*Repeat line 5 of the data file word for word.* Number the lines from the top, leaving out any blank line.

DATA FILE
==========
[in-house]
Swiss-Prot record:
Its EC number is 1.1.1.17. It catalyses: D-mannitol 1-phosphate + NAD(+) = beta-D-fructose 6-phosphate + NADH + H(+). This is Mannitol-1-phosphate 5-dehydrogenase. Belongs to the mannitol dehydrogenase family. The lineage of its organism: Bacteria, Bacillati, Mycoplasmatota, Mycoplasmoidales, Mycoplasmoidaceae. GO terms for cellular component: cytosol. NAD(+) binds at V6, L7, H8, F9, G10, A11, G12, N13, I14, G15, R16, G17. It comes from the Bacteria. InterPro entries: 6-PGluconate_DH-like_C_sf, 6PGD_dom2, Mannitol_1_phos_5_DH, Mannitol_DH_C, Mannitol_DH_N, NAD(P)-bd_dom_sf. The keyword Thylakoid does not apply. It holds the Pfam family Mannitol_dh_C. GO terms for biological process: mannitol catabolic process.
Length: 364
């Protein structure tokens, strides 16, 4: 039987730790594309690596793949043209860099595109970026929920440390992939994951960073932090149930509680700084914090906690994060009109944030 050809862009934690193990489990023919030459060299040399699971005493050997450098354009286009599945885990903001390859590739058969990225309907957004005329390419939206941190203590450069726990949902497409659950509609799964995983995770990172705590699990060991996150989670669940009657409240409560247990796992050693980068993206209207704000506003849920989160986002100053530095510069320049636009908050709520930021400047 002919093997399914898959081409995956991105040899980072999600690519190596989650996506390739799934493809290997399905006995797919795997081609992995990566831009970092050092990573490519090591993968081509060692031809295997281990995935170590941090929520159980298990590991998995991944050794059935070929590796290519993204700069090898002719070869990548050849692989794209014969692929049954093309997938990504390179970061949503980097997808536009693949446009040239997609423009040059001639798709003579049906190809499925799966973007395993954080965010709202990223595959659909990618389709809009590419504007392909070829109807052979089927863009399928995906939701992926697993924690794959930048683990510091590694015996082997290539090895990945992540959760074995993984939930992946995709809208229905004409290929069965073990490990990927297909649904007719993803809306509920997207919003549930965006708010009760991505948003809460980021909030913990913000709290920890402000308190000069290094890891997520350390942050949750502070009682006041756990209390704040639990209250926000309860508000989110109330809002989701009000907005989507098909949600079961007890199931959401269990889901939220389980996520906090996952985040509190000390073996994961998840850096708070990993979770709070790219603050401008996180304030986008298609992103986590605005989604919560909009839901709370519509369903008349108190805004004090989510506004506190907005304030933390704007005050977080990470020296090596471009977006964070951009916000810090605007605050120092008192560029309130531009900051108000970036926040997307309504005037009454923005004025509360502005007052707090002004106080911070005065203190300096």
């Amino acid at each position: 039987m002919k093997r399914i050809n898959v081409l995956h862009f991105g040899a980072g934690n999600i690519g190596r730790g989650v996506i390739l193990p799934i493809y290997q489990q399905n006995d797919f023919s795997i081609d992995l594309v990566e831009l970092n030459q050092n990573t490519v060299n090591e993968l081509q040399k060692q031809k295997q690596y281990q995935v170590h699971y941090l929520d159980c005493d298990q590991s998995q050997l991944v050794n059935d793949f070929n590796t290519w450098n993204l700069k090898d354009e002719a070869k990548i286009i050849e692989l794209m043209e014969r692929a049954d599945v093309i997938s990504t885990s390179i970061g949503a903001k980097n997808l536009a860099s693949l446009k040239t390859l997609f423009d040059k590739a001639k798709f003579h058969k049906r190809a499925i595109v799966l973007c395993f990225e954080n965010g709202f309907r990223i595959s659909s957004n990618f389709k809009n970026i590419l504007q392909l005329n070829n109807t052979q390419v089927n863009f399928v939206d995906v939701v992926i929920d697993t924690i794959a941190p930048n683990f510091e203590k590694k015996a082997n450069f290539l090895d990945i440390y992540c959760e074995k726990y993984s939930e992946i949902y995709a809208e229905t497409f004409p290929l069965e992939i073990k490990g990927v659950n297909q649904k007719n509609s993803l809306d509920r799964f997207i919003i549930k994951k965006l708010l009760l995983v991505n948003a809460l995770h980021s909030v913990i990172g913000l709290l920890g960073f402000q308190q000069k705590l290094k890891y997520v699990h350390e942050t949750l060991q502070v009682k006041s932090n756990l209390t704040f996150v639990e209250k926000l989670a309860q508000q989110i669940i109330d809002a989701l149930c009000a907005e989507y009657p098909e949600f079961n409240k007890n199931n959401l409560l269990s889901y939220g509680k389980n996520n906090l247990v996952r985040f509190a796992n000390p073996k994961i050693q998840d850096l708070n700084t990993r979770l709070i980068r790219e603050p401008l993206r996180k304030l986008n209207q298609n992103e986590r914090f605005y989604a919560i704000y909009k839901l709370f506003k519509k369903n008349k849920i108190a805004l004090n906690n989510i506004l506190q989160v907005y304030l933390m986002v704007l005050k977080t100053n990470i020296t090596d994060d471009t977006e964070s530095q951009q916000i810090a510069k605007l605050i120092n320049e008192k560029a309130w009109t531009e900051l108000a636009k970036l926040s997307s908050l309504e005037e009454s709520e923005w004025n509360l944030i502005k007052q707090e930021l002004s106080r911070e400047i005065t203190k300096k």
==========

């Protein structure tokens, strides 16, 4: 039987730790594309690596793949043209860099595109970026929920440390992939994951960073932090149930509680700084914090906690994060009109944030 050809862009934690193990489990023919030459060299040399699971005493050997450098354009286009599945885990903001390859590739058969990225309907957004005329390419939206941190203590450069726990949902497409659950509609799964995983995770990172705590699990060991996150989670669940009657409240409560247990796992050693980068993206209207704000506003849920989160986002100053530095510069320049636009908050709520930021400047 002919093997399914898959081409995956991105040899980072999600690519190596989650996506390739799934493809290997399905006995797919795997081609992995990566831009970092050092990573490519090591993968081509060692031809295997281990995935170590941090929520159980298990590991998995991944050794059935070929590796290519993204700069090898002719070869990548050849692989794209014969692929049954093309997938990504390179970061949503980097997808536009693949446009040239997609423009040059001639798709003579049906190809499925799966973007395993954080965010709202990223595959659909990618389709809009590419504007392909070829109807052979089927863009399928995906939701992926697993924690794959930048683990510091590694015996082997290539090895990945992540959760074995993984939930992946995709809208229905004409290929069965073990490990990927297909649904007719993803809306509920997207919003549930965006708010009760991505948003809460980021909030913990913000709290920890402000308190000069290094890891997520350390942050949750502070009682006041756990209390704040639990209250926000309860508000989110109330809002989701009000907005989507098909949600079961007890199931959401269990889901939220389980996520906090996952985040509190000390073996994961998840850096708070990993979770709070790219603050401008996180304030986008298609992103986590605005989604919560909009839901709370519509369903008349108190805004004090989510506004506190907005304030933390704007005050977080990470020296090596471009977006964070951009916000810090605007605050120092008192560029309130531009900051108000970036926040997307309504005037009454923005004025509360502005007052707090002004106080911070005065203190300096």